posted by TheOnlyCoolTim at 6:12 AM on April 2, 2007

Best answer: Great advice so far on the consistent sleep schedule. Some sleep experiments point to the idea that it is actually a break in your sleep schedule, not less sleep, which makes you feel tired the next day. So if your sleep schedule is inconsistent... it's likely that you will always feel tired. Also, one sleep cycle is 90 minutes, so you should build your sleeping time around blocks of 90 minutes, thinking in terms of number of sleep cycles. Plus add 30 minutes to fall asleep at night. So, 5 sleep cycles plus 30 minutes... 8 hours.

You might also want to take steps to increase your energy level during the day so that you can avoid the "summer exhaustion" mentioned above, and break the nap habit. I've also had periods of feeling exhausted and have learned some great tips (mostly from AskMe... thanks guys). So, while you're getting into your new healthy, consistent, 8-hour a night sleep schedule, I'd also recommend that you...
-Drink 6-8 glasses of water a day
-Take vitamins, especially B-complex
-Do like 30-45 minutes light exercise
It really helps. Especially the water.

Good luck!
posted by crackingdes at 6:13 AM on April 2, 2007

I read somewhere once that sleep deprivation is cumulative. If you need 8 hours a day and you're getting 6, your body will want 10 until you make up all those months. I don't know how accurate this is, but it's certainly been observable in my own life.

Since you have some down time, try just going to bed around 7 pm and sleeping through for 12 hours (or what every is the longest you can sleep without waking) until you start to feel less tired. Get up at the same time every day, but as you start to get energy again, push your bedtime back a little more. But consider sticking to at least 8 hours; there are very few people who actually need less than that, and it's actually easier to get the thing done that you need to do when you are not sleep deprived, as necessary as all nighters can feel.
posted by carmen at 6:29 AM on April 2, 2007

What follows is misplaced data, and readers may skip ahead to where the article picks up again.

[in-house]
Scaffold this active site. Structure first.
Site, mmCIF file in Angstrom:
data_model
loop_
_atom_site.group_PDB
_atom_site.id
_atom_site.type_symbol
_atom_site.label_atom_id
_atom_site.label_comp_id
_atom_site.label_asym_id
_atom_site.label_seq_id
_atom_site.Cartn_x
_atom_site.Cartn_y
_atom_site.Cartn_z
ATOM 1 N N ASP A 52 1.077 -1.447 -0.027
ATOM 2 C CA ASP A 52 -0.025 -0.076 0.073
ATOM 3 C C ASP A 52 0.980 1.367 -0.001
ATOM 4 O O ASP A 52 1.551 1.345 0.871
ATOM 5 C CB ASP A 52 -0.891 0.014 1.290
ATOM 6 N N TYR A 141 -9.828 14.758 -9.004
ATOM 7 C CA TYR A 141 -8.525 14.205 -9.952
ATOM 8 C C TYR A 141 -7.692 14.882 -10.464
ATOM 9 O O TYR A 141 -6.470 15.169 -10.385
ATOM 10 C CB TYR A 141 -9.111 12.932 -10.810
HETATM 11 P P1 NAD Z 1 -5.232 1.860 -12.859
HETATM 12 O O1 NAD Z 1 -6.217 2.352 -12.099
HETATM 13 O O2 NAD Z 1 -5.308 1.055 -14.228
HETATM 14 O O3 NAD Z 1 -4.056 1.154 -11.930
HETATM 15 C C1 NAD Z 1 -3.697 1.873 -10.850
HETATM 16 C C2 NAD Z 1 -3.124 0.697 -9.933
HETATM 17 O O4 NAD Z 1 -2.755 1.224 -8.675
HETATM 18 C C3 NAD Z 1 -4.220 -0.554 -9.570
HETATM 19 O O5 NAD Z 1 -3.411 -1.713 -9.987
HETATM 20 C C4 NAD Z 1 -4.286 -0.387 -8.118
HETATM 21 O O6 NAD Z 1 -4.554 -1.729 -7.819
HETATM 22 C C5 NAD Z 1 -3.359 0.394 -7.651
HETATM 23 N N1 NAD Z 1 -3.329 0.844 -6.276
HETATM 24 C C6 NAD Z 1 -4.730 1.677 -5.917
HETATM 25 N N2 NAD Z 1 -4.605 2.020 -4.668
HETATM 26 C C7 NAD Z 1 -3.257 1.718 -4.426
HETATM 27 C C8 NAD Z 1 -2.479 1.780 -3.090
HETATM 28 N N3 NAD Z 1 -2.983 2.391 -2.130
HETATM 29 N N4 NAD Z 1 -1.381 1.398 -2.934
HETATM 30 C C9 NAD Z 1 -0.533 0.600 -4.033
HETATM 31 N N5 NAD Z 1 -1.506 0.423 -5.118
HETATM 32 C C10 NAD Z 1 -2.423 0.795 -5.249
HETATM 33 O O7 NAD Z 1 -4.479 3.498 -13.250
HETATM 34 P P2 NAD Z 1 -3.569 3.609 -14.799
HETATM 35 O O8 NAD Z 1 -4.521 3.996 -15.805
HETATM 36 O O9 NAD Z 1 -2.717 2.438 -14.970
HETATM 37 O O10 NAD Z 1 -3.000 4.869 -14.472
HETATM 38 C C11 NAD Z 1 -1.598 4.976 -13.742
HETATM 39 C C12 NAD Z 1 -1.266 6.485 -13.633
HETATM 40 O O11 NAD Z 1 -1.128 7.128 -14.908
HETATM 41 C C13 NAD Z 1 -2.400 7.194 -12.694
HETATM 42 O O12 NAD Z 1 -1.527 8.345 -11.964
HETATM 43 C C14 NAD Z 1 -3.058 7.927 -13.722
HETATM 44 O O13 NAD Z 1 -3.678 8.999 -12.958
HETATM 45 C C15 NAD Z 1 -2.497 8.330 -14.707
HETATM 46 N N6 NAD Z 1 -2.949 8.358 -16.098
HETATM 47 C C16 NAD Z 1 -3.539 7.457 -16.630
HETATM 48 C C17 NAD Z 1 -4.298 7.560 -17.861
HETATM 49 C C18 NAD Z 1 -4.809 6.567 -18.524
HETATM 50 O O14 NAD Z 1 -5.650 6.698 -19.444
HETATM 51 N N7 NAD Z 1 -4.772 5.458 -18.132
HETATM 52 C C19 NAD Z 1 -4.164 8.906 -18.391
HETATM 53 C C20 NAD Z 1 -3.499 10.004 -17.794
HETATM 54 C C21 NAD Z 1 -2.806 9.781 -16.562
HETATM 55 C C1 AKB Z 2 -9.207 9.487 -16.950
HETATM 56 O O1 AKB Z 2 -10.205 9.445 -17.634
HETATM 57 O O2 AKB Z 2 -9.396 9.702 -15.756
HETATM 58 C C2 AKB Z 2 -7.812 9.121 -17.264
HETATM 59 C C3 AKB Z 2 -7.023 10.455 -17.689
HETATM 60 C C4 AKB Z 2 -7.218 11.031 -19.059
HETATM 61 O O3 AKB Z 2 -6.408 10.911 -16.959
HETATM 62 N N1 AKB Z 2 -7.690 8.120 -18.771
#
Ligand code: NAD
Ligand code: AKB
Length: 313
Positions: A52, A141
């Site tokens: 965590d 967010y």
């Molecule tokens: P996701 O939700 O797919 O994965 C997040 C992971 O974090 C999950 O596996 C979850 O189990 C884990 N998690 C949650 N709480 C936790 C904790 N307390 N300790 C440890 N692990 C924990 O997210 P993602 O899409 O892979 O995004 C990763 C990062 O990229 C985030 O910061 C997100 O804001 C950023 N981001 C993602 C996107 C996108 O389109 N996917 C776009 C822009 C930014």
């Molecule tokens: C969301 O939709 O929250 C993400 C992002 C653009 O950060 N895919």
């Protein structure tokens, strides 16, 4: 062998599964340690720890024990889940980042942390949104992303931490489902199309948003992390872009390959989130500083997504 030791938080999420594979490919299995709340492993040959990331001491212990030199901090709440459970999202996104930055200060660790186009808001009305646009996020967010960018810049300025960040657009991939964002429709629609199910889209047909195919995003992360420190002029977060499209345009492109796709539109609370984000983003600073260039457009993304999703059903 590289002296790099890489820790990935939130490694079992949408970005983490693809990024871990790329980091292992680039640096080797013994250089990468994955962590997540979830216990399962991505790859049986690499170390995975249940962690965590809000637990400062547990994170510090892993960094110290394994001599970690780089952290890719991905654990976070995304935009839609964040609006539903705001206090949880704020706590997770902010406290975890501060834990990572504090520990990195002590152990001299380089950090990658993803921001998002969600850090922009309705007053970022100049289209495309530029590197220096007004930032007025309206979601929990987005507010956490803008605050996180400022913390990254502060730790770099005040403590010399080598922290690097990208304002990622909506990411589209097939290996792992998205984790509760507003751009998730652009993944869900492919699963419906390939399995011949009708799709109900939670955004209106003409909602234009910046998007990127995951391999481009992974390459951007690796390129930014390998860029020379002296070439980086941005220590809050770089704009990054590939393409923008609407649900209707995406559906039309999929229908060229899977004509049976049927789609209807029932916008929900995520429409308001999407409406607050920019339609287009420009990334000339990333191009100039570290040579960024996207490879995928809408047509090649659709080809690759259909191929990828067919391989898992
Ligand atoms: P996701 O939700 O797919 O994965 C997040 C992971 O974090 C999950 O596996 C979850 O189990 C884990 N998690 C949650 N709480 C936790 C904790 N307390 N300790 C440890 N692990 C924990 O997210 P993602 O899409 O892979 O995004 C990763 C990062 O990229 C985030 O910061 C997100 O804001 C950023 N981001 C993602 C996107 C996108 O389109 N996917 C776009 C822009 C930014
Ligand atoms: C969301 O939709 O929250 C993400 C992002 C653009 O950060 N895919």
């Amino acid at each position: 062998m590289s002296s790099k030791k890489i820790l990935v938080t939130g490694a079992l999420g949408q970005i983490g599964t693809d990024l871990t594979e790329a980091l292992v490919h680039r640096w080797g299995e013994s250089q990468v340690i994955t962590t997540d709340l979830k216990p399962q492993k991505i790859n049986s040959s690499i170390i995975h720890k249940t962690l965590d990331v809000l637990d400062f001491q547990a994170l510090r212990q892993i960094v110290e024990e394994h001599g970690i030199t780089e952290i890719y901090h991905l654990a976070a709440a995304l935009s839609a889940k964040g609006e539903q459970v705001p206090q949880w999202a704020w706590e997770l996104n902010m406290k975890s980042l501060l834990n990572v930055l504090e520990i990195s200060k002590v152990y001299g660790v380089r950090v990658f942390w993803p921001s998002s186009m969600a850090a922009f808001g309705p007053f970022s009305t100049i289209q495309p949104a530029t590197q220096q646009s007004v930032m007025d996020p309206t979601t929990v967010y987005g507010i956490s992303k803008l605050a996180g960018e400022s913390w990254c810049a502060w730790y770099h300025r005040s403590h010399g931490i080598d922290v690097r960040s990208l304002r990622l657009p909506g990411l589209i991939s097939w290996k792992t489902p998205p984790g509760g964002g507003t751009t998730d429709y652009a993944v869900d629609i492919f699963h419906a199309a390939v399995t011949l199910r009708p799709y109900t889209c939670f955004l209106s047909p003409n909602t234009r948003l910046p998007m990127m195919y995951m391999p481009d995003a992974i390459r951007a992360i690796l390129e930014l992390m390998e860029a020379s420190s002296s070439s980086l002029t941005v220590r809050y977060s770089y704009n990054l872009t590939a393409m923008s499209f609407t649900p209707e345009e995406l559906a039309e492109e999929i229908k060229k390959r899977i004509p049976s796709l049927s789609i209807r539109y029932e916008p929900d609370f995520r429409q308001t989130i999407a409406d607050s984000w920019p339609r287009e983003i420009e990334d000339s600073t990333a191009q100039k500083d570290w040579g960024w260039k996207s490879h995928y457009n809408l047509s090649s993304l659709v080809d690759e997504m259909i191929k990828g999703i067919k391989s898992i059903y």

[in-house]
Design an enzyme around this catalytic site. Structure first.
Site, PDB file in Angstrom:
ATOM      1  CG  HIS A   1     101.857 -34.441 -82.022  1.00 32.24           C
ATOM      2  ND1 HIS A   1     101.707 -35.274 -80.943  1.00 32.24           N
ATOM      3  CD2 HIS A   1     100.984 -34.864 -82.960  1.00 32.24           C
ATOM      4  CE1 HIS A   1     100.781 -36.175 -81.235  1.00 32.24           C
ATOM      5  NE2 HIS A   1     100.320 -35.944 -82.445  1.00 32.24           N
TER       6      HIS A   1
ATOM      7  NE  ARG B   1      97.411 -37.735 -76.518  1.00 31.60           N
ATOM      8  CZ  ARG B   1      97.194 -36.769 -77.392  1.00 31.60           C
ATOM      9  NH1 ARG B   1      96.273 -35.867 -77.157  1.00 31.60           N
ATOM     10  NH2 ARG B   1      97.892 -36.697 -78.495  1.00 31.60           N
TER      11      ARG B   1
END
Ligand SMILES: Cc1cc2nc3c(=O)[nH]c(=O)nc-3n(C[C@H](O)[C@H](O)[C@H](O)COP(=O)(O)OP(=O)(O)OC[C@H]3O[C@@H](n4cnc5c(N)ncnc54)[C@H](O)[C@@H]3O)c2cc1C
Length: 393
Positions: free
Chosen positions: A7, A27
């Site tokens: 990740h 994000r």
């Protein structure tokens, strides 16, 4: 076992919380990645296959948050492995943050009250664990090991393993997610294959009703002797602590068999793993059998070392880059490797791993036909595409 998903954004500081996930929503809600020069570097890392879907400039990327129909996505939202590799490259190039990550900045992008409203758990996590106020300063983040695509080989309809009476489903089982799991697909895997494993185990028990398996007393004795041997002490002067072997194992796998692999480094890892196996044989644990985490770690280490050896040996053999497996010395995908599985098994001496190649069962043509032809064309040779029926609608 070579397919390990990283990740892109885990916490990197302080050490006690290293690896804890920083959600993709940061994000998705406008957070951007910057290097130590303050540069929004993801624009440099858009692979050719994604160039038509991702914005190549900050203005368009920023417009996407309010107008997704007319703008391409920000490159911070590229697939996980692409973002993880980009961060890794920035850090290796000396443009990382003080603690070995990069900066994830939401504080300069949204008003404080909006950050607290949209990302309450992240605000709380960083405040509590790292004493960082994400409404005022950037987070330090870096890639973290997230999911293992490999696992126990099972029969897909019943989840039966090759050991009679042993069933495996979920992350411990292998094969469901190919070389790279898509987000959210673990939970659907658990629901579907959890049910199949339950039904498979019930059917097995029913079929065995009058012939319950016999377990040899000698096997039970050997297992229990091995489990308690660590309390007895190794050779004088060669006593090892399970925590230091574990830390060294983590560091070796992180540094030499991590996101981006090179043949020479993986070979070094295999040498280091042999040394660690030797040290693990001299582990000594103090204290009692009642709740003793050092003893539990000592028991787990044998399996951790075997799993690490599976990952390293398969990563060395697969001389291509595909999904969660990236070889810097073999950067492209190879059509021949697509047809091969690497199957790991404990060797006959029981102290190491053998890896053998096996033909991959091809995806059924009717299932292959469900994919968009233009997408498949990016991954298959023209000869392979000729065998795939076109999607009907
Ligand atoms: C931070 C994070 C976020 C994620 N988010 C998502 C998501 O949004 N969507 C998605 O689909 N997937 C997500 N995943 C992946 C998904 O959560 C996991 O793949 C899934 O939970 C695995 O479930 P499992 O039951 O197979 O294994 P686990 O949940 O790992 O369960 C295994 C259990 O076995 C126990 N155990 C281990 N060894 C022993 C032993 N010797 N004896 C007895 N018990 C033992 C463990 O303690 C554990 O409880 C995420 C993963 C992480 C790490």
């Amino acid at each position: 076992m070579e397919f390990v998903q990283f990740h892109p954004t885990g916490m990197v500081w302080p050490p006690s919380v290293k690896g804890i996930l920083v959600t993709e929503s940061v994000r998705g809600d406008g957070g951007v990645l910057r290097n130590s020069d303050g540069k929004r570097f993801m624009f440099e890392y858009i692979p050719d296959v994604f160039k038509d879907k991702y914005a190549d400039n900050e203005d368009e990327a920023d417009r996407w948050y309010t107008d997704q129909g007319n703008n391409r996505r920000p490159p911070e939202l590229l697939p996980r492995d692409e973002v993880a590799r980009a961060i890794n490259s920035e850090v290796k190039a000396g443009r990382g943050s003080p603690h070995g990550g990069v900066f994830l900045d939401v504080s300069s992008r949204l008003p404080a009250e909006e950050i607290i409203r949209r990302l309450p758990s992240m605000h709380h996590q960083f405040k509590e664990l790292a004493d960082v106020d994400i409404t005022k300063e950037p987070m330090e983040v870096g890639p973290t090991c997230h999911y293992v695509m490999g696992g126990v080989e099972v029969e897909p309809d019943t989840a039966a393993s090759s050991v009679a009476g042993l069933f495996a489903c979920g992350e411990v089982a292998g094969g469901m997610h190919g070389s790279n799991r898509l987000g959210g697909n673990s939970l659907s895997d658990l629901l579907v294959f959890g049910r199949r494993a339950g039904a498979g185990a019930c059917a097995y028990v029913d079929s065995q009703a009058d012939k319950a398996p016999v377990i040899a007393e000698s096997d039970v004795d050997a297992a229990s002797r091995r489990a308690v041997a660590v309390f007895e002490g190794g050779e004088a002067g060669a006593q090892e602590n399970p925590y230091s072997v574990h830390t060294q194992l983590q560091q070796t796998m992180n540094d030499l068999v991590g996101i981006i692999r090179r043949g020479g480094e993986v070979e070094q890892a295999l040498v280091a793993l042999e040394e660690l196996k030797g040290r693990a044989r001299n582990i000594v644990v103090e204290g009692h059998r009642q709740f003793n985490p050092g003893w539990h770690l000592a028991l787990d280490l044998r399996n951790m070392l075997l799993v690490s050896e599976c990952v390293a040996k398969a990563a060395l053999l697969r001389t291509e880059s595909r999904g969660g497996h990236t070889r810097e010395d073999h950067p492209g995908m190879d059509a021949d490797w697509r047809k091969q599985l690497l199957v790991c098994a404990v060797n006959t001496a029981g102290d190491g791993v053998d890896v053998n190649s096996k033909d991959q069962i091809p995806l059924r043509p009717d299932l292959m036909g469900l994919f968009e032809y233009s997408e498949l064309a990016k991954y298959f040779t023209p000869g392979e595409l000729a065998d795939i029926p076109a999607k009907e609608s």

Regular schedule, exercise, and sunlight so your body clock knows what a cycle is.

Getting up at the same time is as important as going to bed at the same time, but more difficult. Get a timer so that a full-spectrum light turns on and shines in your faceat the same time every morning. Does wonders for setting the body clock. Melatonin may help, too, but that's a big YMMV.
posted by Mr. Gunn at 6:55 AM on April 2, 2007

Best answer: You can try resetting your body clock with melatonin. My sleep schedule used to go off the rails frequently and that's what I'd do to get back on track. You take it about a half hour before you want to go to sleep and do your bedtime routine, minimizing distractions. After a couple days of that you should be settled in a new routine.

You'll get better sleep if you always go to bed at the same time every night and get up at the same time in the morning. You can even get a shorter sleep period at night and take a nap in the day (siesta schedule) if you're doing both the sleep and the nap at the same times every day (I've done this and it works fine, but you'll mess yourself up if you oversleep too much on weekends). Right now it sounds like you have too much variation in sleep times to get the benefit of the midday nap.

Other things you can try: avoid caffeine or only have a little when you wake up in the morning - not after 10 AM or so. Exercise every day even if it's just a walk, and don't exercise right before going to bed either. Don't eat too close to your nighttime sleep. Don't watch TV or do homework right before going to bed. Try not to read anything exciting/involving right before bed either.

Are you a teenager? It's been proven teenagers probably need more sleep than adults on average, at least an hour more or even two (say, at least 9 hours a night). Make sure you're getting enough regularly. Getting too much sleep on the weekends can be just as bad as getting too little during the week. Many teenagers get on wacky schedules and are therefore always tired - your schedule sounds pretty similar to mine back then. (My mother used to think I was anemic because I was so tired all the time.)
posted by Melinika at 10:41 AM on April 2, 2007

Response by poster: Thanks for all the suggestions! =) Slept a good 12 hours last night/day, and I'm going to bed now (11:40 PM EST). Let's hope this works! *waves cheerfully*
posted by Phire at 8:42 PM on April 2, 2007